In the last forty-five years, the United States Supreme Court’s jurisprudence through the lens of classical rhetoric. Opinions are assessed based on three areas of persuasion: appeals to logic (logos); appeals to emotion (pathos); and appeals to credibility (ethos). By examining the Justices’ opinions in this fashion, patterns of unpersuasive opinion writing emerge. While a common source for all unpersuasive opinions is not available, common patterns of weak persuasion in particular appeals do exist. Weak appeals to ethos commonly stem from Justices failing to fully confront the doctrine of stare decisis. Weak pathos-based appeals often involve Justices engaging in misplaced emotive arguments, where a Justice seeks to persuade by appealing to emotions that are disconnected from the Fourth Amendment or the facts of the case. Logically weak arguments usually include one or more logical fallacies. Misplaced pathos appeals and weak logos appeals often leave readers with the sense that these flaws stem from poorly disguised outcome-directed opinions. Any opinion written in this fashion runs the risk of appearing like an elaborate rationalization and thereby being unconvincing. Additionally, I assert that apparent outcome-directed judicial opinions, particularly Supreme Court decisions, violate one of the core principles of classical and modern rhetoric— that persuasive speech should be modified to account for the expectations of an audience. Fourth Amendment jurisprudence has been under siege. As early as 1971 one of the Court’s own members, Justice Harlan, stated there were “serious distortions and incongruities” in the Court’s Fourth Amendment case law. Since Justice Harlan’s criticism numerous scholars have echoed his dissatisfaction, calling the Court’s Fourth Amendment jurisprudence “unstable and unconvincing,” a “tar- baby,” and “a mass of contradiction and obscurity.” The Court itself seems as unconvinced by its own Fourth Amendment case law as the academic community. In 1967 the Court appeared to have placed the final nail in the trespass doctrine’s coffin, only to resurrect the theory in 2012. Between the 1980s and 2000s, the Court significantly altered the contours of the search incident to arrest doctrine with regard to automobiles. In 2006 the Randolph Court created the rule that one resident’s decision to permit police to search a home may not overrule another resident’s decision to prevent the search. Approximately eight years later, the Fernandez Court limited the applicability of the Randolph Court’s rule to such an extent as to make it virtually irrelevant.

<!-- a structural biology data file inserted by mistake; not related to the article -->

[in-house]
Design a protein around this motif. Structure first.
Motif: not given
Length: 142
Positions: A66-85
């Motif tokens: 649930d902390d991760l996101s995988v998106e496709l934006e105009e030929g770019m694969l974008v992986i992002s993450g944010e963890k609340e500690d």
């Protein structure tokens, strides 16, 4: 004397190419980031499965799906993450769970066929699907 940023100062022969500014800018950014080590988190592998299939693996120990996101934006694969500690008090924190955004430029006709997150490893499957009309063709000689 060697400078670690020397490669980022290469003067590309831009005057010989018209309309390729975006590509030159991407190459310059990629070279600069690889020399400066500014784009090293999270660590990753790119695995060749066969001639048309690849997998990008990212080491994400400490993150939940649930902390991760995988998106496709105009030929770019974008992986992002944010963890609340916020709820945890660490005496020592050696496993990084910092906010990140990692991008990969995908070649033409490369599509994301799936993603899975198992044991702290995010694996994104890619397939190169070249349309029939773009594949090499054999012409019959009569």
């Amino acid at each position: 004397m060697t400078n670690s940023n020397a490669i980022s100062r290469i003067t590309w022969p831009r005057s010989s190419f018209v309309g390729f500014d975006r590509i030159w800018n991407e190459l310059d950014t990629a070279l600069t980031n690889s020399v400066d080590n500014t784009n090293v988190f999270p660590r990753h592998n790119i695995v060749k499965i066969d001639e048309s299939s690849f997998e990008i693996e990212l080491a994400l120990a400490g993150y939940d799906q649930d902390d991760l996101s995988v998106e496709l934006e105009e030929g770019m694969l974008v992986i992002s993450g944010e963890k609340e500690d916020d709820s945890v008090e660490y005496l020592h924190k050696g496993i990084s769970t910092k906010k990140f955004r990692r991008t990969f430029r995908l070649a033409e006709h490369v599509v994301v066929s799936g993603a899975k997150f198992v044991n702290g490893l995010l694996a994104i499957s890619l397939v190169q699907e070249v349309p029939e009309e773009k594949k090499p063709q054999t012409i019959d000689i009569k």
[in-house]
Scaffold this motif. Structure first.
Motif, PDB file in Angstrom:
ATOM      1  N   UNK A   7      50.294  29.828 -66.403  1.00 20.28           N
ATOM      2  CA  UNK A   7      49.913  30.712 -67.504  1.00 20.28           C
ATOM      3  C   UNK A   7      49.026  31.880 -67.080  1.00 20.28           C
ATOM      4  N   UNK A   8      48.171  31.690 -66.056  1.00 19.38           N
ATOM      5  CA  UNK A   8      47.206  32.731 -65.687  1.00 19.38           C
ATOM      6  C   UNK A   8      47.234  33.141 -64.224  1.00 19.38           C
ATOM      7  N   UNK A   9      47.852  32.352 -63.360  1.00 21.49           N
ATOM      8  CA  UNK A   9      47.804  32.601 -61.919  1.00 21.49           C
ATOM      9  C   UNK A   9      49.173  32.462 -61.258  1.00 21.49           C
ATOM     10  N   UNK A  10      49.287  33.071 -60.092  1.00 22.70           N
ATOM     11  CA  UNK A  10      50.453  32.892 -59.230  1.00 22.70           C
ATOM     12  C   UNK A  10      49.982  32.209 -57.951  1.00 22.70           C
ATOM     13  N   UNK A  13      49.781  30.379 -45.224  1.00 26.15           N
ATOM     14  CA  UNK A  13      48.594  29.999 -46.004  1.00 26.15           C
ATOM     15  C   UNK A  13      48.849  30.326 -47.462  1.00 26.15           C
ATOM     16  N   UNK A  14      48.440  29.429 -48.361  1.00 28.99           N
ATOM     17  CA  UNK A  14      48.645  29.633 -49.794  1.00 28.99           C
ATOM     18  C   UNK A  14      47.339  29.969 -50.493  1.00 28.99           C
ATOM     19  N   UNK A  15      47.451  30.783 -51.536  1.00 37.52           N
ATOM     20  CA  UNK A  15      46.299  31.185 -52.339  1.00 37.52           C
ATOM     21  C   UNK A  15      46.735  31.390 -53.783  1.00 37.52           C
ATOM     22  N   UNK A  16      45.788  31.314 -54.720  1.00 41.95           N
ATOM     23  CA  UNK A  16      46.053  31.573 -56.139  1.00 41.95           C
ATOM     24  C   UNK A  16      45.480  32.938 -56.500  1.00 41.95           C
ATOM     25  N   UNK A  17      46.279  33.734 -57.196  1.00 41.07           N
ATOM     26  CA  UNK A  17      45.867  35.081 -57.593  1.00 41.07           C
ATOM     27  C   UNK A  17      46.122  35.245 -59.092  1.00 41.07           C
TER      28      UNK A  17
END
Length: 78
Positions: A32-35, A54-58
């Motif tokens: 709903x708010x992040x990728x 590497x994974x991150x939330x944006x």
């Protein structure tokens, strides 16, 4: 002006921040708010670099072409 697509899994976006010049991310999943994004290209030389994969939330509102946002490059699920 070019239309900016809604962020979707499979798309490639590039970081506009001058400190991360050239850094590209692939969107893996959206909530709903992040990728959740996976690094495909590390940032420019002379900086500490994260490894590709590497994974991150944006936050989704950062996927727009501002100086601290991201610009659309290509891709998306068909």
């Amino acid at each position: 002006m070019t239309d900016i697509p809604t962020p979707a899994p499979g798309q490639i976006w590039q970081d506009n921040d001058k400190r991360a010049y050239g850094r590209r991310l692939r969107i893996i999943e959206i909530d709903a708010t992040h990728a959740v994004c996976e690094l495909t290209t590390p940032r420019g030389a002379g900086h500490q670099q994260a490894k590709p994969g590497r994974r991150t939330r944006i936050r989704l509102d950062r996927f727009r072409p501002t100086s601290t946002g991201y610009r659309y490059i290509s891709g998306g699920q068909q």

The focus of this Article is on why many Fourth Amendment opinions are unconvincing. To answer this question, I analyze various Fourth Amendment opinions by the Justices of the United States Supreme Court between 2005 and today. I examine and evaluate the persuasiveness of the Court’s Fourth Amendment